Golden mean rectangle

In geometry, a golden rectangle is a rectangle whose side lengths are in the golden ratio, image019, which is image020 (the Greek letter phi), where image022 is approximately 1.618.

In mathematics, two quantities are in the golden ratio if their ratio is the same as the ratio of their sum to the larger of the two quantities. The figure on the right illustrates the geometric relationship. Expressed algebraically, for quantities a and b with a > b > 0,

(a+b)/a=a/b= where the Greek letter phi (φ) represents the golden ratio. Its value is: 1.6180339887.. The golden ratio is also called the golden section or golden mean. Other names include extreme and mean ratio, medial section, divine proportion, divine section, golden proportion, golden cut, and golden number.


Some twentieth-century artists and architects, including Le Corbusier and Dalí, have proportioned their works to approximate the golden ratio—especially in the form of the golden rectangle, in which the ratio of the longer side to the shorter is the golden ratio—believing this proportion to be aesthetically pleasing. Mathematicians since Euclid have studied the properties of the golden ratio, including its appearance in the dimensions of a regular pentagon and in a golden rectangle, which can be cut into a square and a smaller rectangle with the same aspect ratio. The golden ratio has also been used to analyze the proportions of natural objects as well as man-made systems such as financial markets, in some cases based on dubious fits to data.


De Divina Proportione, a three-volume work by Luca Pacioli, was published in 1509. Pacioli, a Franciscan friar, was known mostly as a mathematician, but he was also trained and keenly interested in art. De Divina Proportione explored the mathematics of the golden ratio.

Though it is often said that Pacioli advocated the golden ratio’s application to yield pleasing, harmonious proportions, Livio points out that the interpretation has been traced to an error in 1799, and that Pacioli actually advocated the Vitruvian system of rational proportions. Pacioli also saw Catholic religious significance in the ratio, which led to his work’s title. De Divina Proportione contains illustrations of regular solids by Leonardo da Vinci, Pacioli’s longtime friend and collaborator.


The Parthenon’s façade as well as elements of its façade and elsewhere are said by some to be circumscribed by golden rectangles.[24] Other scholars deny that the Greeks had any aesthetic association with golden ratio. Its occurrence in regular pentagons and decagons was duly observed, as well as in the dodecahedron (a regular polyhedron whose twelve faces are regular pentagons). It is indeed exemplary that the great Euclid, contrary to generations of mystics who followed, would soberly treat that number for what it is, without attaching to it other than its factual properties.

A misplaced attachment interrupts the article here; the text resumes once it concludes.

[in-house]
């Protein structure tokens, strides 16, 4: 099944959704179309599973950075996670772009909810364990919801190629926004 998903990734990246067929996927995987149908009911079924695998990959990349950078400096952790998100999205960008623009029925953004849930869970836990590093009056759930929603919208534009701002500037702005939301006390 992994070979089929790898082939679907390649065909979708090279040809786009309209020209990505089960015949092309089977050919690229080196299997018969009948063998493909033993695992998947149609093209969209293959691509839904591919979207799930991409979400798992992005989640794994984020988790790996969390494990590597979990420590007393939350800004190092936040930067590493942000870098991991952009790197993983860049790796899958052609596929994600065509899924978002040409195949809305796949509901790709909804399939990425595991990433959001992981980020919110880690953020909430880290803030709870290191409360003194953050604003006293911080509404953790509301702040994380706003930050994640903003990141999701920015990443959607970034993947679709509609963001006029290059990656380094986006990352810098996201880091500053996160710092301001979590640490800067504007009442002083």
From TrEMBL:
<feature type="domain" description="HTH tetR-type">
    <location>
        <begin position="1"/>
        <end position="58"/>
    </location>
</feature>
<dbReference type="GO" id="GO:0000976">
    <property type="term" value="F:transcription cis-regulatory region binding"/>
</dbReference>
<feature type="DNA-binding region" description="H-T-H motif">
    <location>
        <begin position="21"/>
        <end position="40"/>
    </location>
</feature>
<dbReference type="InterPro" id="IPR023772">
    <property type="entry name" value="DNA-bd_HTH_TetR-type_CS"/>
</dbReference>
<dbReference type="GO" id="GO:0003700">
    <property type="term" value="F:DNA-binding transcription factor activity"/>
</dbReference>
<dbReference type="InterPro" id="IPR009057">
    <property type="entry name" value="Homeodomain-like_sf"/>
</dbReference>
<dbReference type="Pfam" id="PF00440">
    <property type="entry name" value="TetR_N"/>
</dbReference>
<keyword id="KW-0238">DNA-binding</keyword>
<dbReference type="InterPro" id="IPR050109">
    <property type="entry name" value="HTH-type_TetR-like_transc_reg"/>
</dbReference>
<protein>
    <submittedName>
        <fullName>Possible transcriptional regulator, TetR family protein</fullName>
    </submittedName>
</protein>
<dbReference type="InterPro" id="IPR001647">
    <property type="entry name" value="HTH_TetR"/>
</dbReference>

A 2004 geometrical analysis of earlier research into the Great Mosque of Kairouan reveals a consistent application of the golden ratio throughout the design, according to Boussora and Mazouz. They found ratios close to the golden ratio in the overall proportion of the plan and in the dimensioning of the prayer space, the court, and the minaret. The authors note, however, that the areas where ratios close to the golden ratio were found are not part of the original construction, and theorize that these elements were added in a reconstruction.

The Swiss architect Le Corbusier, famous for his contributions to the modern international style, centered his design philosophy on systems of harmony and proportion.

Le Corbusier’s faith in the mathematical order of the universe was closely bound to the golden ratio and the Fibonacci series, which he described as “rhythms apparent to the eye and clear in their relations with one another. And these rhythms are at the very root of human activities. They resound in man by an organic inevitability, the same fine inevitability which causes the tracing out of the Golden Section by children, old men, savages and the learned.”

Another Swiss architect, Mario Botta, bases many of his designs on geometric figures. Several private houses he designed in Switzerland are composed of squares and circles, cubes and cylinders. In a house he designed in Origlio, the golden ratio is the proportion between the central section and the side sections of the house.


The 16th-century philosopher Heinrich Agrippa drew a man over a pentagram inside a circle, implying a relationship to the golden ratio.

Leonardo da Vinci’s illustrations of polyhedral in De divina proportione (On the Divine Proportion) and his views that some bodily proportions exhibit the golden ratio have led some scholars to speculate that he incorporated the golden ratio in his paintings. But the suggestion that his Mona Lisa, for example, employs golden ratio proportions, is not supported by anything in Leonardo’s own writings. Similarly, although the Vitruvian Man is often shown in connection with the golden ratio, the proportions of the figure do not actually match it, and the text only mentions whole number ratios.

Construction of golden mean triangle

A golden rectangle can be constructed with only straightedge and compass by four simple steps

  • Construct a simple square.
  • Draw a line from the midpoint of one side of the square to an opposite corner.
  • Use that line as the radius to draw an arc that defines the height of the rectangle.
  • Complete the golden rectangle.
The principles

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